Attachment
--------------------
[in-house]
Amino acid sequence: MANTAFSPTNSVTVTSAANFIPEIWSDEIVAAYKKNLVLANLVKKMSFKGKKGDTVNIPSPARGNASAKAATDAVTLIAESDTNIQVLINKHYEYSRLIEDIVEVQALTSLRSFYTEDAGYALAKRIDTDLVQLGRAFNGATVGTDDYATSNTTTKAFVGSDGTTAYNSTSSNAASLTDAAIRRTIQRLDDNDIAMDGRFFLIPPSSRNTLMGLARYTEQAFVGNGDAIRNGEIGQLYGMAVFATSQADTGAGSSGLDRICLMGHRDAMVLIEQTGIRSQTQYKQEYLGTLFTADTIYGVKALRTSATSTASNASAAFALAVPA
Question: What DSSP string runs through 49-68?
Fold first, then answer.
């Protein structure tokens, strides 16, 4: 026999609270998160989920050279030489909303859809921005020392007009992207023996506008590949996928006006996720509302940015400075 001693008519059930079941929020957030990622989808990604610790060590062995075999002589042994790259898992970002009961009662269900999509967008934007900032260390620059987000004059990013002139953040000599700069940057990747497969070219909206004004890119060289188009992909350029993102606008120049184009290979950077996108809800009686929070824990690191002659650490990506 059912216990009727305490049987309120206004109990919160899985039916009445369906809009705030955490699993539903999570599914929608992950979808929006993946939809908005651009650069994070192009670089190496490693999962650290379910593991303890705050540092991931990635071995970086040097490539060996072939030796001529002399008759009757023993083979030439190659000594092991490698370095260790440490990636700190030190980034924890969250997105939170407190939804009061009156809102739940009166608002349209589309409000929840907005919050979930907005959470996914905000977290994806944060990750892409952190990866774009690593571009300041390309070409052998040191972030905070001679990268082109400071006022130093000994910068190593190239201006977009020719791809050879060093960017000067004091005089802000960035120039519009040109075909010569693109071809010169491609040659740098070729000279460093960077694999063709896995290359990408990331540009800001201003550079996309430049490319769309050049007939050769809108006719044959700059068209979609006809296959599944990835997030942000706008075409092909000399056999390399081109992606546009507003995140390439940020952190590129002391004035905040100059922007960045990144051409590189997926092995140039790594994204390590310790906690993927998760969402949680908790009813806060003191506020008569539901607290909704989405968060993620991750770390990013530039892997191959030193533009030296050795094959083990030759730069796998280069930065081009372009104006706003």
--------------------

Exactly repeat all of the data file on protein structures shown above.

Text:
[in-house]
Amino acid sequence: MANTAFSPTNSVTVTSAANFIPEIWSDEIVAAYKKNLVLANLVKKMSFKGKKGDTVNIPSPARGNASAKAATDAVTLIAESDTNIQVLINKHYEYSRLIEDIVEVQALTSLRSFYTEDAGYALAKRIDTDLVQLGRAFNGATVGTDDYATSNTTTKAFVGSDGTTAYNSTSSNAASLTDAAIRRTIQRLDDNDIAMDGRFFLIPPSSRNTLMGLARYTEQAFVGNGDAIRNGEIGQLYGMAVFATSQADTGAGSSGLDRICLMGHRDAMVLIEQTGIRSQTQYKQEYLGTLFTADTIYGVKALRTSATSTASNASAAFALAVPA
Question: What DSSP string runs through 49-68?
Fold first, then answer.
């Protein structure tokens, strides 16, 4: 026999609270998160989920050279030489909303859809921005020392007009992207023996506008590949996928006006996720509302940015400075 001693008519059930079941929020957030990622989808990604610790060590062995075999002589042994790259898992970002009961009662269900999509967008934007900032260390620059987000004059990013002139953040000599700069940057990747497969070219909206004004890119060289188009992909350029993102606008120049184009290979950077996108809800009686929070824990690191002659650490990506 059912216990009727305490049987309120206004109990919160899985039916009445369906809009705030955490699993539903999570599914929608992950979808929006993946939809908005651009650069994070192009670089190496490693999962650290379910593991303890705050540092991931990635071995970086040097490539060996072939030796001529002399008759009757023993083979030439190659000594092991490698370095260790440490990636700190030190980034924890969250997105939170407190939804009061009156809102739940009166608002349209589309409000929840907005919050979930907005959470996914905000977290994806944060990750892409952190990866774009690593571009300041390309070409052998040191972030905070001679990268082109400071006022130093000994910068190593190239201006977009020719791809050879060093960017000067004091005089802000960035120039519009040109075909010569693109071809010169491609040659740098070729000279460093960077694999063709896995290359990408990331540009800001201003550079996309430049490319769309050049007939050769809108006719044959700059068209979609006809296959599944990835997030942000706008075409092909000399056999390399081109992606546009507003995140390439940020952190590129002391004035905040100059922007960045990144051409590189997926092995140039790594994204390590310790906690993927998760969402949680908790009813806060003191506020008569539901607290909704989405968060993620991750770390990013530039892997191959030193533009030296050795094959083990030759730069796998280069930065081009372009104006706003």